The seat of San Lorenzo de El Escorial is the historical residence of the Spanish King.
First founded by Hieronymite monks, it is now partially in the hands of the Order Of The Saint Augustine monks.
Anyone visiting Madrid ought to take the short trip of 45 kilometres northwest of the city and spend at least half of a day to see the several sections of this monumental architectural wonder consisting of a monastery, the royal palace, a museum of Spanish heritage, and school.
The connection of a Catholic monastery and Spanish kings’ residence is the result of times. In teh 16th century the Roman Catholic Church and Spanish kings maintained a very cordial and symbiotic relationship.
Philip II engaged architect Juan Bautista in 1559, instructing him to design a complex of buildings to showcase Spain’s role in the Christian world. At the time, Spain’s treasury was overflowing with plundered gold and riches obtained by Spanish conquistadors in South America.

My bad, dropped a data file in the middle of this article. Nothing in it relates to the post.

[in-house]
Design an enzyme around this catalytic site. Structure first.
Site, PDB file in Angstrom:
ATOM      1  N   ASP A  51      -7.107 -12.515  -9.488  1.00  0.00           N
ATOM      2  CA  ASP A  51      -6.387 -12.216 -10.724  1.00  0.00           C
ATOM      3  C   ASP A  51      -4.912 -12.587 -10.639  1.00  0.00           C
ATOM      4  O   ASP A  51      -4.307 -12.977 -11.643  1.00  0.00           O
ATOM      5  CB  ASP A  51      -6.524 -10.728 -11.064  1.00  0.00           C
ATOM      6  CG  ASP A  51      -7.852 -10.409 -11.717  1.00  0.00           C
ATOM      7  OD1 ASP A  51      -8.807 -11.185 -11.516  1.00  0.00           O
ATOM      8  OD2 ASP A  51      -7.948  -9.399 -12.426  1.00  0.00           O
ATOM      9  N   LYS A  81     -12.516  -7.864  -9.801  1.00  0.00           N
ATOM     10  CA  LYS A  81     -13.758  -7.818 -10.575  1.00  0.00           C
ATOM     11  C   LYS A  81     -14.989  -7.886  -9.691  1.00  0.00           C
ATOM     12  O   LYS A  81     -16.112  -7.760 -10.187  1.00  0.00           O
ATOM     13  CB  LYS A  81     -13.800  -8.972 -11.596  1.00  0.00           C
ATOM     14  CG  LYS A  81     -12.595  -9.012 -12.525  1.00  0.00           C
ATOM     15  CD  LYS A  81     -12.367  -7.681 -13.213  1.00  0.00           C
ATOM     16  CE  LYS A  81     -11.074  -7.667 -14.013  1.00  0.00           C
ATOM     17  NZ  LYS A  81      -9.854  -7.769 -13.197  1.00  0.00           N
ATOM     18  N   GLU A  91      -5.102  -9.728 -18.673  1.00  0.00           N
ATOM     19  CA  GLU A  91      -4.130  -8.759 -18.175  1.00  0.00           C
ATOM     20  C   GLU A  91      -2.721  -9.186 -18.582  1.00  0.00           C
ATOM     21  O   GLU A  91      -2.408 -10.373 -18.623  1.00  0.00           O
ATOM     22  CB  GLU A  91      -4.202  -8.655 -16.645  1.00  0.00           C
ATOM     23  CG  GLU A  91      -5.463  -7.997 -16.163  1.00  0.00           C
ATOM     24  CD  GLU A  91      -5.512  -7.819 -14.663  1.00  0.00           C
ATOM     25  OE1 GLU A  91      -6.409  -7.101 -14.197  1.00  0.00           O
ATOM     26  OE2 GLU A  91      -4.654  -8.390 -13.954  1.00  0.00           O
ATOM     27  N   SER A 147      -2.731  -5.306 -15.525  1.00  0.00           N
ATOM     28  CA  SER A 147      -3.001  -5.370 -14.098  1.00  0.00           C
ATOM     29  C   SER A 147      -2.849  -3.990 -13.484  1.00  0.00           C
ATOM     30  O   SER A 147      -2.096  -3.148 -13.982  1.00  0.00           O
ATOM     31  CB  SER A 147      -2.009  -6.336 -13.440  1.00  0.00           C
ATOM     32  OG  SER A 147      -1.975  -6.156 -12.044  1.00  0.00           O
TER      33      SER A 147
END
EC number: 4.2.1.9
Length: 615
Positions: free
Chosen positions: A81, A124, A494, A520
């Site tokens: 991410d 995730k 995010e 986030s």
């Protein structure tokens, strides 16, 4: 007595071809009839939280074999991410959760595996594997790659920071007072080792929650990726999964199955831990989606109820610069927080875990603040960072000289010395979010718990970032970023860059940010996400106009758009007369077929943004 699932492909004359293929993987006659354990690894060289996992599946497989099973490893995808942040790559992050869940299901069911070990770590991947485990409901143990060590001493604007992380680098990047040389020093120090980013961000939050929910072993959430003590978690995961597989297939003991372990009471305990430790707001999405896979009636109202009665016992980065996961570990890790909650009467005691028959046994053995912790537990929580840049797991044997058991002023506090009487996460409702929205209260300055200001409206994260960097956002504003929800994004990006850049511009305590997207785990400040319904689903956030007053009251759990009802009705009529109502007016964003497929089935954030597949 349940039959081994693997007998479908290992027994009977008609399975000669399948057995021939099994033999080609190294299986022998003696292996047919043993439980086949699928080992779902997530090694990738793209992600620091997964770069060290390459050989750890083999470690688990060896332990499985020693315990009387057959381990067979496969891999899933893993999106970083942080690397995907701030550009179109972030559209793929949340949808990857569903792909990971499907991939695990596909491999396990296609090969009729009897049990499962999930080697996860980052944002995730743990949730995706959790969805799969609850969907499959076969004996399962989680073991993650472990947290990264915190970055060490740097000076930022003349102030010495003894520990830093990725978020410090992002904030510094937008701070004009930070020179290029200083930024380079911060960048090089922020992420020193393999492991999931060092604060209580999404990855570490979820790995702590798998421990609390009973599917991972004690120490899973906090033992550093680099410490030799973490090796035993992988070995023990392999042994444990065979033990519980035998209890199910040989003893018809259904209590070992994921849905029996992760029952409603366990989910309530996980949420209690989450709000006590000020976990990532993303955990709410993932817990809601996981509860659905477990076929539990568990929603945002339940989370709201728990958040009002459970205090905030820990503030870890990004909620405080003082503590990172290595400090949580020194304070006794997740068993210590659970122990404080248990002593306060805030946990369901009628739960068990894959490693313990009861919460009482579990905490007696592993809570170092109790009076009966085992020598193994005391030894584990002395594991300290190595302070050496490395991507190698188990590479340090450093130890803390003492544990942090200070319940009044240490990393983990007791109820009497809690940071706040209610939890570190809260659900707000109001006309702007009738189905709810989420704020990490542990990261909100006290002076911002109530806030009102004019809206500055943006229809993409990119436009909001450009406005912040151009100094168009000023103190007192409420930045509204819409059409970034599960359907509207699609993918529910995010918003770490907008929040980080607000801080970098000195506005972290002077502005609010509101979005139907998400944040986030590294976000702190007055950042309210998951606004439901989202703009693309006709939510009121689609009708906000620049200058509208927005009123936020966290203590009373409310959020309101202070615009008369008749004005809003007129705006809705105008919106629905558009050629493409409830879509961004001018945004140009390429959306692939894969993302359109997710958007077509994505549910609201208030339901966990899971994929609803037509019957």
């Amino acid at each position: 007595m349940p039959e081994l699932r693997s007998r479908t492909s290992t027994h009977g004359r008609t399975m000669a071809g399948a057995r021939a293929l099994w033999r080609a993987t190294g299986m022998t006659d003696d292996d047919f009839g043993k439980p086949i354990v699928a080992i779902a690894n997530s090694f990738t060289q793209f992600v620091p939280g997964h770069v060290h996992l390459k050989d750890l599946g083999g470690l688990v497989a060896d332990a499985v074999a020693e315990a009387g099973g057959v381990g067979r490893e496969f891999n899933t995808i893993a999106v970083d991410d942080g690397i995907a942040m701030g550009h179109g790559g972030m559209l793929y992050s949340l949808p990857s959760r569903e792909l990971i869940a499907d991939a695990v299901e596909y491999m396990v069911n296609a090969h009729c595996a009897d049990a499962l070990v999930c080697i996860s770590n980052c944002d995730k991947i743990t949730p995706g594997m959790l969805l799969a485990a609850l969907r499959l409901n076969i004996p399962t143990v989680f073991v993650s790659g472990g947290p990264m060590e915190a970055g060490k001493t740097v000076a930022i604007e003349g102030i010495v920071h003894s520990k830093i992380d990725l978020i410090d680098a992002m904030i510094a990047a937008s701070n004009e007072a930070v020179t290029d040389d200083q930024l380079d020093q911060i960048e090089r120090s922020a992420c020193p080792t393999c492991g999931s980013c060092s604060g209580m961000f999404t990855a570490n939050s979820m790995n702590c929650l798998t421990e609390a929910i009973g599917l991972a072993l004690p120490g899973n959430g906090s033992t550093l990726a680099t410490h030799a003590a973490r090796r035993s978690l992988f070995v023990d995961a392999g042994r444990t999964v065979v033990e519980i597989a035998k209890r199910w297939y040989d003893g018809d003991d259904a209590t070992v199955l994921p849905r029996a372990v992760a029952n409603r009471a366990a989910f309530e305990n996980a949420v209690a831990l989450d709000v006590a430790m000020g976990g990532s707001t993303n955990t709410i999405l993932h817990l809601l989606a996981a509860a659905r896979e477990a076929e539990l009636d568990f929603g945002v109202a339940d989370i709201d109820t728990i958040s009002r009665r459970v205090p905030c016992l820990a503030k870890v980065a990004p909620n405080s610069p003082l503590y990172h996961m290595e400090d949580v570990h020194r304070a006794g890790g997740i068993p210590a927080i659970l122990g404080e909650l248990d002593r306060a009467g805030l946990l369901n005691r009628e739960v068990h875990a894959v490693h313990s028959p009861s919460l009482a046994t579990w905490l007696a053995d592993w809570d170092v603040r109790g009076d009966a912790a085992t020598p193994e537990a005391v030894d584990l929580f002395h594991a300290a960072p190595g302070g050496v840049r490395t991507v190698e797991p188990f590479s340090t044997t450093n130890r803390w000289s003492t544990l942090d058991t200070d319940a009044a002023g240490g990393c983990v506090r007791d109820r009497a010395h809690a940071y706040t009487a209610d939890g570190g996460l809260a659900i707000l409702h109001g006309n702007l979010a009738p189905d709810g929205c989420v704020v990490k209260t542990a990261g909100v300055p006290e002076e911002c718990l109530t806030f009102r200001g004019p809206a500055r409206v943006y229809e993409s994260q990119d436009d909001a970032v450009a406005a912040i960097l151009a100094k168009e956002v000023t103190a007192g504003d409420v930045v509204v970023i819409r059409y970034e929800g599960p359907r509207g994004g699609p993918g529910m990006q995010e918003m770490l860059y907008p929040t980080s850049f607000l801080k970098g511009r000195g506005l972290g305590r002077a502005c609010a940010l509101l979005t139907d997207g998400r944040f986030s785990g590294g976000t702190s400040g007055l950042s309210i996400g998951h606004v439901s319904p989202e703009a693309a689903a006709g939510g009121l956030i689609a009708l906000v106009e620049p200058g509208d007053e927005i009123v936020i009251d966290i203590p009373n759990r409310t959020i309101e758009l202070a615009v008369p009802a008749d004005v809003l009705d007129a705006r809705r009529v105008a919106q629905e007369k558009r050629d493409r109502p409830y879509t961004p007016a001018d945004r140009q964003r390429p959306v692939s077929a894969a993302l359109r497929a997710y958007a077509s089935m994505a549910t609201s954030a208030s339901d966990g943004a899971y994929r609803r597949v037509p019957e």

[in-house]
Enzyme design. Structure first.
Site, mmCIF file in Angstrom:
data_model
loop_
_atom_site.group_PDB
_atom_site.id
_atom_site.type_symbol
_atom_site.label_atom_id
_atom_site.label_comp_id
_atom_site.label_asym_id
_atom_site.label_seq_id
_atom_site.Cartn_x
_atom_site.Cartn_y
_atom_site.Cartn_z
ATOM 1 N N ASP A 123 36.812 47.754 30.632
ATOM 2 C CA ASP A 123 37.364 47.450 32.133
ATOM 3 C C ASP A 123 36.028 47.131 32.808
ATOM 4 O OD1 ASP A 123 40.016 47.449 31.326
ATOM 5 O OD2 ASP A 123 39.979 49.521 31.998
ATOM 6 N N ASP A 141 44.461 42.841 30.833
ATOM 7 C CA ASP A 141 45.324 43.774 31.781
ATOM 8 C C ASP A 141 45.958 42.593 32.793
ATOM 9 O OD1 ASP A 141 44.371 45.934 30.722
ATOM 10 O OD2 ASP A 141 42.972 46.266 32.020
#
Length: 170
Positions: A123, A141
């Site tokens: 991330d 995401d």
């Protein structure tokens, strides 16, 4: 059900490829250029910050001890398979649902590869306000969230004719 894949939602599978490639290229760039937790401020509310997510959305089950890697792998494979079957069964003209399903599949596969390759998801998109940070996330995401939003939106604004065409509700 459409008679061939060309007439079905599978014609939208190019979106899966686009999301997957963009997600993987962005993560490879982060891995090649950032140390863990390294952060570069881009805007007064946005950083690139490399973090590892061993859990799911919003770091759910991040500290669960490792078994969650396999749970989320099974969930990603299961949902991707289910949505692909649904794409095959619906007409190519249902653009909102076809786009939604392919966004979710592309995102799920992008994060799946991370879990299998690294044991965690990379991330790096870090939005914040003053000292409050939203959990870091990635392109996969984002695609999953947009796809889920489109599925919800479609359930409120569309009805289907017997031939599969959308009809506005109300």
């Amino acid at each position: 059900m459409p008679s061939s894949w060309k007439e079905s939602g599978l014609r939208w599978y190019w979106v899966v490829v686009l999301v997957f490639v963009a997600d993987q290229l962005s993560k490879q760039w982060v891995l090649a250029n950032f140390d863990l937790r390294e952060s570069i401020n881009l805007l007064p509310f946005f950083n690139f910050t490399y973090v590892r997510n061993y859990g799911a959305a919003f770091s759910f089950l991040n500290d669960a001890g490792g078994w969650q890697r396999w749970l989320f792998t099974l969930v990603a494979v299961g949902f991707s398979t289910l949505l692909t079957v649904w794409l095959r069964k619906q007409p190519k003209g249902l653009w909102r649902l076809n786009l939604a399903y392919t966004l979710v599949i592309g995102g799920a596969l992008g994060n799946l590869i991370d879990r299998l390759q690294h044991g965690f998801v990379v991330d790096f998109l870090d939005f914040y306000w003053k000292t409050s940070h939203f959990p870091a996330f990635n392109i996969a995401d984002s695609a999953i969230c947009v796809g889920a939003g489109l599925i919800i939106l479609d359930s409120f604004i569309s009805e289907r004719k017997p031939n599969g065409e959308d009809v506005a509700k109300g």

This impressive complex of buildings is based on descriptions of Solomon’s Temple including a courtyard of the kings and Basilica, the Palace of Philip II, Hall of Battles, Pantheon of Kings, Art Gallery, Architectural Museum, Gardens of the Friars, a library, and reliquaries.
Juan Bautista was involved with Vatican’s Saint Peter’s basilica project and spent much of his career in Rome, except for important state architectural plans like the Escorial. Architect Juan de Herrera completed (1580) Escorial after the death of Juan Bautista.
Escroial impresses visitors by its huge size, lavish execution of details, and multiplicity of different designs within.
Anyone who has visited the Escorial will never forget how 16th century Spanish kings lived and could affords to spend fortunes to impress other kings and nobility in Europe with ill gotten gold from South American kingdoms.